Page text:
Can Zoos Save Animals from Extinction?
As the number of species at risk of extinction soars, zoos are increasingly being called upon to rescue and sustain animals, and not just for marquee breeds like pandas and rhinos but also for all manner of mammals, frogs, birds and insects whose populations are suddenly crashing.
The New York Times explores how zoos are trying to join the efforts of nonprofits to salvage animals around the world who are heading rapidly into extinction.
Writer Leslie Kaufman visits the St Louis Zoo and sees how the people there are trying to make decisions about which kinds of animals they can perhaps help – like through captive breeding programs – and how they have to make triage-type decisions as to the ones they simply can't take on.
In 2006, [Dr. Jeffrey P. Bonner, president and chief executive] assembled his senior curators — each in charge of a different class of animal — along with donors and city planners to help make painful choices.
At meetings like this, budget issues crash into each other. The zoo decides to spend $18 million on a new pool for sea lions. But sea lions aren't remotely endangered; it's just that they're one of the most popular attractions at the zoo. To which you might reasonably say, well, if that's what people buy tickets for, then that's the way it works. Except that the zoo is funded by public, taxpayer dollars. And what's left of the budget after these "improvements" are made is not remotely sufficient to run a real program for endangered animals. Instead, frogs and other amphibians who need help but who aren't zoo attractions, are stuffed into cupboards and other small spaces in hopes they can still be helped.
And that takes us to the heart of the problem:
In their first century, American zoos plucked exotic animals from the wild and exploited them mainly for entertainment value, throwing in some wildlife education and a touch of preservation. When wilderness began disappearing, causing animals to fail at an accelerating pace, zoo officials became rescuers and protectors. Since the 1980s, zoos have developed coordinated breeding programs that have brought dozens of animals, like the golden lion tamarin of Brazil, back from the brink.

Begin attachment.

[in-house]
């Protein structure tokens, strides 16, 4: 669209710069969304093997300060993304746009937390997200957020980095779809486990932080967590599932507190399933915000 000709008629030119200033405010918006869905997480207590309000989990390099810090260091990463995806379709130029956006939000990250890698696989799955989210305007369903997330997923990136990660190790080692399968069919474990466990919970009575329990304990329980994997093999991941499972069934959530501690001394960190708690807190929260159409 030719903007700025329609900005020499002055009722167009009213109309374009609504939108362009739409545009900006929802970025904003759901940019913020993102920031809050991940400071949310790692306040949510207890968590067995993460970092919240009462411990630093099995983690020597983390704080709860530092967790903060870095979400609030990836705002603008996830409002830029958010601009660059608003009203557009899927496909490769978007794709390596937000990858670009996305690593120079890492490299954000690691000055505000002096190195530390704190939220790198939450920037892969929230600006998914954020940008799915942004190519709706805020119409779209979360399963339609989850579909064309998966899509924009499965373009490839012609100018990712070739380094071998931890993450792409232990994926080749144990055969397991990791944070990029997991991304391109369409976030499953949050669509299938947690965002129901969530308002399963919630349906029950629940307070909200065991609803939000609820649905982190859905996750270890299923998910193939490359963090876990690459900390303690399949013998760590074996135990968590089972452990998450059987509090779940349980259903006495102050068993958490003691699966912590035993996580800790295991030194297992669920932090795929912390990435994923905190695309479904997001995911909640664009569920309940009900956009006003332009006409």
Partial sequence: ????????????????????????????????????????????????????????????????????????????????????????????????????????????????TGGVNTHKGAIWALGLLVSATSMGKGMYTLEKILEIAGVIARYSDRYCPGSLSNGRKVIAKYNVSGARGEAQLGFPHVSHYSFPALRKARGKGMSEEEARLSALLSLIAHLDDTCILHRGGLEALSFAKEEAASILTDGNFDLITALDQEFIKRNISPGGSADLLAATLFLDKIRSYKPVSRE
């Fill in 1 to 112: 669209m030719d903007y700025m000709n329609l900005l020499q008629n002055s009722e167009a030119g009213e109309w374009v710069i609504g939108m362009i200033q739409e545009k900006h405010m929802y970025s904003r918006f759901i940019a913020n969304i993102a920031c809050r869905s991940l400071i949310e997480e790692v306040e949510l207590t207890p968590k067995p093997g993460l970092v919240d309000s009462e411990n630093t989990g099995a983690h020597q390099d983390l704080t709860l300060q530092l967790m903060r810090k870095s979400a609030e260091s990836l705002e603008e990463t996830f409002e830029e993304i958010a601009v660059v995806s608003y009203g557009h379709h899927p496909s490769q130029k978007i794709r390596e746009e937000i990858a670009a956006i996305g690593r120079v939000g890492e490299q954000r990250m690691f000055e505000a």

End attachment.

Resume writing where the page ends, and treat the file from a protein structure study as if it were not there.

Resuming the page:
The increasingly difficult challenge is to be a force for conservation while continuing to put on a show.
But with all the good intentions of the zoo officials, the two missions are simply not compatible. Writing a separate post on her own blog, Kaufman says:
The problem, most zoo officials say, is that supporting their live animal collections is so expensive that they do not have money left over to finance conservation in the wild.
And the zoos are inevitably deceiving themselves as well as the public when they say that they are "educating" people to care about wildlife.
... Are zoos really handling their live collections in a way that helps their kin in the wild? Zoo officials say part of their mission is to inspire visitors to contribute more to conservation, but it is hard measure how successful they are at doing so.
Animals don't need to be managed and saved and given charity. They need to be left alone.
Note the use of the word "collections". That's basically how the animals are seen – in the same way as we describe art collections or antiques. They're something you collect and admire, but they're not seen as living beings with lives of their own to be left to lead those lives without being captured, bred and exhibited.
This is not to pour too much cold water on the efforts of caring people at many zoos who want to help. But it is to say that as long as nonhuman animals are seen as things to be exploited by being collected and exhibited, we will fail in our efforts to "manage" them and "save" them. Animals don't need to be managed and saved and given charity. They need to be left alone.
Of course, that's not going to happen. The genie is long gone from the bottle, and the exploitation is way beyond containment. Efforts to do a bit of good on the side – on the part of the very institutions who led the exploitation – will accomplish little.
We should at least understand, however, that as long as zoos see themselves primarily as a source of entertainment – which is all they can ever be – their efforts to use their "collections" to save some of the animals is somewhat akin to an elite furniture store setting aside a few dollars to protect mahogany trees in the rainforest.